Films that shine a light on the human spirit
5Point Film Festival believes that adventure belongs to all, which is why its films connect emotionally with audiences from all backgrounds
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In the 5Point film “The Weight of Water,” blind adventurer Erik Weihenmayer takes on the Grand Canyon in a kayak, but this impressive physical and mental achievement is really just the backdrop for a much more remarkable human story.
“The film transcends the outdoor genre with strong characters and a very compelling story about life that includes all of us, not just Erik,” said filmmaker Michael Brown. “Kayaking and the Grand Canyon, while beautiful, are merely a backdrop for a deeply human drama mixed with a wonderful story of friendship.”
Transcending the outdoor genre is exactly what makes 5Point films — all of which capture and display the 5 points of purpose, respect, commitment, humility and balance — unique in the outdoor adventure film world. Other festivals may tug at viewers’ adrenaline strings, but 5Point wants its films to do that and more.
“We’re looking for the stories behind these adventures,” said Regna Jones, 5Point’s Executive Director. “We want to go deep into the human story to find out what drives and motivates people.”
Evolving from the adrenaline-pumping vibe of the festival’s early days, today’s festival connects with its audiences by showing moving stories about the human spirit and how adventure is for everyone — with a bit of action-adventure mixed in.
“Whether someone is showing true grit, pure joy or overcoming an obstacle in life, it’s the people — the human story — that drives a 5Point film,” Meredith McKee, 5Point’s Program Director.
Adventure belongs to all
Weihenmayer, who has been blind since the age of 14 due to a genetic condition, trained for six or seven years to kayak the Grand Canyon. He also was the subject of a film, “Farther Than the Eye Can See,” about his 2001 journey climbing Mt. Everest.
“Some people are on the fast track in life and they want to conquer a mountain really fast. I’m not really into that — I like to build up and see if you can flourish in an environment rather than just survive it,” Weihenmayer said.
When asked what drives him to accomplish these harrowing feats, Weihenmayer doesn’t have a clear answer.
“I can tell you why I don’t do things — I don’t do things to prove blind people can do things. That’s sort of shallow and unsustainable. The world says I can’t do something so I’m going to go do it — I don’t think that’s enough,” he said.
Weihenmayer said it’s Brown’s work as the filmmaker that impressively captures the real story behind the journey. He said filmmakers often don’t get enough attention for these storytelling achievements.
“When I left the Grand Canyon, you have this story but it hasn’t really emerged yet,” Weihenmayer said. “Filmmakers try to figure out what’s the story and where’s the truth in this experience. I think Michael really tried to tap into some universal things a lot of people experience in life and the outdoors. People can connect themselves — their own fears, limitations and dreams — to the characters in the film. Michael nailed it. He did such a masterful job connecting it with people.”
That’s the root of a 5Point film, Jones said — knowing that it’s going to be full of heart. From 5Point’s perspective, “adventure” is a very broad term.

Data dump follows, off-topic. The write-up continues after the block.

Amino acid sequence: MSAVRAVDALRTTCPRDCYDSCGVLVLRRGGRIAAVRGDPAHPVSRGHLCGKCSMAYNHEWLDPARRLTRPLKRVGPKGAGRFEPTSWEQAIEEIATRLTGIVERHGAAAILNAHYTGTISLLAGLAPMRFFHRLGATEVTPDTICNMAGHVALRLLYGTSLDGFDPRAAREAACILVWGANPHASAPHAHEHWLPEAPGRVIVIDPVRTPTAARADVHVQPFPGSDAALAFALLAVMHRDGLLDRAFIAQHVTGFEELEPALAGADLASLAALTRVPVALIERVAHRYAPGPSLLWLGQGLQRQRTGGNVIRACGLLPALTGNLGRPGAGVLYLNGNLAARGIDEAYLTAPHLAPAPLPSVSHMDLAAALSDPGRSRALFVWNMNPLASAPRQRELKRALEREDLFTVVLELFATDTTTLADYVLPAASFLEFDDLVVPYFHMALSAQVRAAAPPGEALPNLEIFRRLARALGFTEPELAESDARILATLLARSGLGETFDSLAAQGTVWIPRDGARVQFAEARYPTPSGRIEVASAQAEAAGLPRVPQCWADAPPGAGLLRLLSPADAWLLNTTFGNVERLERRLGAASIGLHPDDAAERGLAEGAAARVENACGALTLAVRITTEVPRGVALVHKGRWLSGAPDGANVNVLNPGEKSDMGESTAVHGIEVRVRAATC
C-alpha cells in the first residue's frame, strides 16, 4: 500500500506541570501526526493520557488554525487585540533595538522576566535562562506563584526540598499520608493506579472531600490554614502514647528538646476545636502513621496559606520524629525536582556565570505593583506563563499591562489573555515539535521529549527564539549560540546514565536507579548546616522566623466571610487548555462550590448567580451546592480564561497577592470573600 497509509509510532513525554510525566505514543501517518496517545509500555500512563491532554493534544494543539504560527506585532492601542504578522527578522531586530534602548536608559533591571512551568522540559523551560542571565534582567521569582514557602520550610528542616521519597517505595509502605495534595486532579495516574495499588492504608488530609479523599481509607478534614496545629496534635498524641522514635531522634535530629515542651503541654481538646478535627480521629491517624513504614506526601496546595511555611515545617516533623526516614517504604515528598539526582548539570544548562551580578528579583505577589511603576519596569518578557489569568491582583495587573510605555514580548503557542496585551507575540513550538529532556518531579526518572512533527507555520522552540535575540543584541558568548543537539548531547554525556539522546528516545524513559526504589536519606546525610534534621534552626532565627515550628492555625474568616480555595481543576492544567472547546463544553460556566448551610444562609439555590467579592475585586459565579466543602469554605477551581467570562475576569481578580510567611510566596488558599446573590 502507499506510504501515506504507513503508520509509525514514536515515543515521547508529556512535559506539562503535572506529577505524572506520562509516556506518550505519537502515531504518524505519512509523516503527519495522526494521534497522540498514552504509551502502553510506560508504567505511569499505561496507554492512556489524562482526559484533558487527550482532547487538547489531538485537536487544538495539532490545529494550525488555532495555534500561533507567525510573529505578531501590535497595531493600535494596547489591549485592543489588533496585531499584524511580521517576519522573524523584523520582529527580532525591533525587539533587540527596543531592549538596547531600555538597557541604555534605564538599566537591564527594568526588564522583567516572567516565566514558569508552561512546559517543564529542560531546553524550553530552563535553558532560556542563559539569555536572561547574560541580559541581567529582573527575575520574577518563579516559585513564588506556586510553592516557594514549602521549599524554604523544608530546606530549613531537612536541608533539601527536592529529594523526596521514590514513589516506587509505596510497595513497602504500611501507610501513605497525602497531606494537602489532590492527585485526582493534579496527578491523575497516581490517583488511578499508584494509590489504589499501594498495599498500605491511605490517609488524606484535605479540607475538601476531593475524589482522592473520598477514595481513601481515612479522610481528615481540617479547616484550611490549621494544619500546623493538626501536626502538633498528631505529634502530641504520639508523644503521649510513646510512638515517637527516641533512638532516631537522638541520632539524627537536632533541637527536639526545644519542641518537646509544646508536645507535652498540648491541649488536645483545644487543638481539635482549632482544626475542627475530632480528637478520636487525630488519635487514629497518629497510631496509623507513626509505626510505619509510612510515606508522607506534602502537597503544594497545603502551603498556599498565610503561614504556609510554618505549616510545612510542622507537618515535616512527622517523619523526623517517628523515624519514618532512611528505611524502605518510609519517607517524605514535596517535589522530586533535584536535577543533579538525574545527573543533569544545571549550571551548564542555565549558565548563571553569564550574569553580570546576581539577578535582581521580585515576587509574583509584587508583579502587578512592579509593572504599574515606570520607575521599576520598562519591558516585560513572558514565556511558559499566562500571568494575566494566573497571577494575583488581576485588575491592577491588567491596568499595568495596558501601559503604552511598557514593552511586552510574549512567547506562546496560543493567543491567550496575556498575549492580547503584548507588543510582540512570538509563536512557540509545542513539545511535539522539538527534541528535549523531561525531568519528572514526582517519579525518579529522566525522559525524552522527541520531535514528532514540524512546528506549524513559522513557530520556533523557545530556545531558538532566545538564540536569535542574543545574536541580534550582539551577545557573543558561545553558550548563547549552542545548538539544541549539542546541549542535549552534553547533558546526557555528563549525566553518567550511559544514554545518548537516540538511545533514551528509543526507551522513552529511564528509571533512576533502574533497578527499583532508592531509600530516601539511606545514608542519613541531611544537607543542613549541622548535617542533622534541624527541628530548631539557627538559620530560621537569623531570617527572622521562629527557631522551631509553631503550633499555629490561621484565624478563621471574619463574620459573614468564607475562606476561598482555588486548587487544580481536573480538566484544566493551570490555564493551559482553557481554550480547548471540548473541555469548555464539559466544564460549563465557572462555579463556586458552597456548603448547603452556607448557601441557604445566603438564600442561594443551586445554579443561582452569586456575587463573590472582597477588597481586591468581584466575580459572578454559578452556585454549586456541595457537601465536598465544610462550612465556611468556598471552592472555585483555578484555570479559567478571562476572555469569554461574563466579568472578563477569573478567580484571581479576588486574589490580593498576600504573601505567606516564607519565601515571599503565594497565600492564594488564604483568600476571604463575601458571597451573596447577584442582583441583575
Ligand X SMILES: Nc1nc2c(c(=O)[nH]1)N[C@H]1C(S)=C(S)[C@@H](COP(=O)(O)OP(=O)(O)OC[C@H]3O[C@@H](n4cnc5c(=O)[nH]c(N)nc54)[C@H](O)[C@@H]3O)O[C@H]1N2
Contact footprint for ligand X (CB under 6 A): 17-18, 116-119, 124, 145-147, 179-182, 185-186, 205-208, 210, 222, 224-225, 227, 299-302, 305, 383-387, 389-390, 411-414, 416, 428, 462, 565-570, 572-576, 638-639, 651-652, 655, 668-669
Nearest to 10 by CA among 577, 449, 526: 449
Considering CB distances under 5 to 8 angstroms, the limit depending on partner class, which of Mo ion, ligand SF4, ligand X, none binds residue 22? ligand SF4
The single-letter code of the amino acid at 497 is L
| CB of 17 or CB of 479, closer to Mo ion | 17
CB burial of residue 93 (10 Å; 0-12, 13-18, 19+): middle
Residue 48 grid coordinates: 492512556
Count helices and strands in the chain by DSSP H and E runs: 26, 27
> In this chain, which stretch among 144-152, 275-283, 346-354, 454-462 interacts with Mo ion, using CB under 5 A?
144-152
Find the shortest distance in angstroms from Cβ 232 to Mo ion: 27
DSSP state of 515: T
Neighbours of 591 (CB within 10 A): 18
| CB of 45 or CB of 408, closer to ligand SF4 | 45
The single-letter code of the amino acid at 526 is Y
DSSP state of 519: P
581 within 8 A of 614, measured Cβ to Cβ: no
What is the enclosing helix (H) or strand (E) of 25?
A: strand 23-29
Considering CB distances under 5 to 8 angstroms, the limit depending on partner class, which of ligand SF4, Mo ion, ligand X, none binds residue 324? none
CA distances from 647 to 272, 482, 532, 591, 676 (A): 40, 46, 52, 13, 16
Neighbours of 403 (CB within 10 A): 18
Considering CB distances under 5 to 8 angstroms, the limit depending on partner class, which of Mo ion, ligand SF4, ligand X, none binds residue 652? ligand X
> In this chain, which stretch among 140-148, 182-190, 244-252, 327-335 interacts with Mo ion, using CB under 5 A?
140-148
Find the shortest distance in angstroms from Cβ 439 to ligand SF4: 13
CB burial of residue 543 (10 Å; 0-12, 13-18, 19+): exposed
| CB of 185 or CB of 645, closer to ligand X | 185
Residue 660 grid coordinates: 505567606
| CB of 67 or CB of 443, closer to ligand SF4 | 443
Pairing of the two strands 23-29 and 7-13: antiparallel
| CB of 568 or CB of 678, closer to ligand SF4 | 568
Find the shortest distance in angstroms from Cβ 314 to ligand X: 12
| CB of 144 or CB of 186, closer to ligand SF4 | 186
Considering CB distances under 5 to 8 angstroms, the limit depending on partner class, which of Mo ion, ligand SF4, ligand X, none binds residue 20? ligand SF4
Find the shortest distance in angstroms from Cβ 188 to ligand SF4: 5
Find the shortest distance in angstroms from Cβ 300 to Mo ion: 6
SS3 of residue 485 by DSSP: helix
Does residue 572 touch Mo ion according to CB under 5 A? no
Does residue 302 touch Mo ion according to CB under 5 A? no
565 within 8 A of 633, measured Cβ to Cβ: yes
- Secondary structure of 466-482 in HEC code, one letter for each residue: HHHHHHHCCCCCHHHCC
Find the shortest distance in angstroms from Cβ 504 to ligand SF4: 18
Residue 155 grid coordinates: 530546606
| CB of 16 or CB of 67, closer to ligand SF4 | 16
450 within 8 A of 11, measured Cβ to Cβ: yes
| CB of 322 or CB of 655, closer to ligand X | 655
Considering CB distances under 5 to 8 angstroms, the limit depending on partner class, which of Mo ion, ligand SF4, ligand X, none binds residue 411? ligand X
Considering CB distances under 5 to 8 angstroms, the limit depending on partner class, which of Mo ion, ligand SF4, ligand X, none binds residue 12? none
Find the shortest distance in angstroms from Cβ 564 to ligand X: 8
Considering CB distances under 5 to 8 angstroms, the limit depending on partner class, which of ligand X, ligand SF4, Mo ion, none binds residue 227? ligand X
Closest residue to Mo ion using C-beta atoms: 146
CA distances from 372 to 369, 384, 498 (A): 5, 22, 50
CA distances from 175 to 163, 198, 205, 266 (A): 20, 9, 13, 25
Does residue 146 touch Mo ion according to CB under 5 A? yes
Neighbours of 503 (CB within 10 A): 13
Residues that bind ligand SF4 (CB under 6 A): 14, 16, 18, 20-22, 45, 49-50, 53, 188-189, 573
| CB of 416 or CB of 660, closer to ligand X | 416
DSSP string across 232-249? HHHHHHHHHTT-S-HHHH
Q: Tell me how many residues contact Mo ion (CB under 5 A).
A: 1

“It does not matter if you are a kayaker or not, or if you have been to the Grand Canyon or not. If you have lived life and suffered from setbacks, you will appreciate the very human and very universal aspects of this story,” Brown said. “What especially resonates is that in life, our choices define us and our perception of success and failure.”
The Carbondale experience
Brown sees Carbondale as the heart of a true mountain community that encompasses the entirety of the Roaring Fork Valley.
“There is a lot of authenticity in the audience at 5Point,” he said. “They will see through anything contrived.”
The platform of the festival challenges its filmmakers and audiences to take on a new view of life, and to be more open to new ideas, cultures and current events, according to Rob Prechti, the subject of the film “(People) Of Water.”
“My favorite part of this festival is interacting with the community, sharing ideas and thoughts with the directors, creatives and influencers, the hosts and general audience,” he said. “Everyone has a story to tell no matter how mundane or exciting, and it is that connection that really brings the community together.”
There will be more than 100 special guests coming to town for this year’s festival. And in the spirit of this special mountain community, there will also be many surprises.
“After many films, we will bring up the filmmakers and athletes in the films on stage to share their behind-the-scenes stories with the audience. We also look forward to moments of music played out in our films and love to surprise the audience with a live-score or song after a few films every year.
” McKee said. “It really surprises the audiences — and very much amplifies the message of the film and leaves the audience feeling inspired and changed.”
5Point has worked hard to build this reputation authentically. Jones said the nature of the festival and the ethos it represents has the capacity to make the world a better place. “Caring about the planet, being healthy, active, having the 5 points to focus on — it’s a spiritual invitation to be a good human and take care of our environment and earth, and learn about each other and connect and walk with a bit more grace and humility,” she said. “That’s what excites me about this organization.”
The city of Aspen has taken over the duties of producing the Fourth of July celebration in town and has an entire day planned to celebrate America’s birthday.
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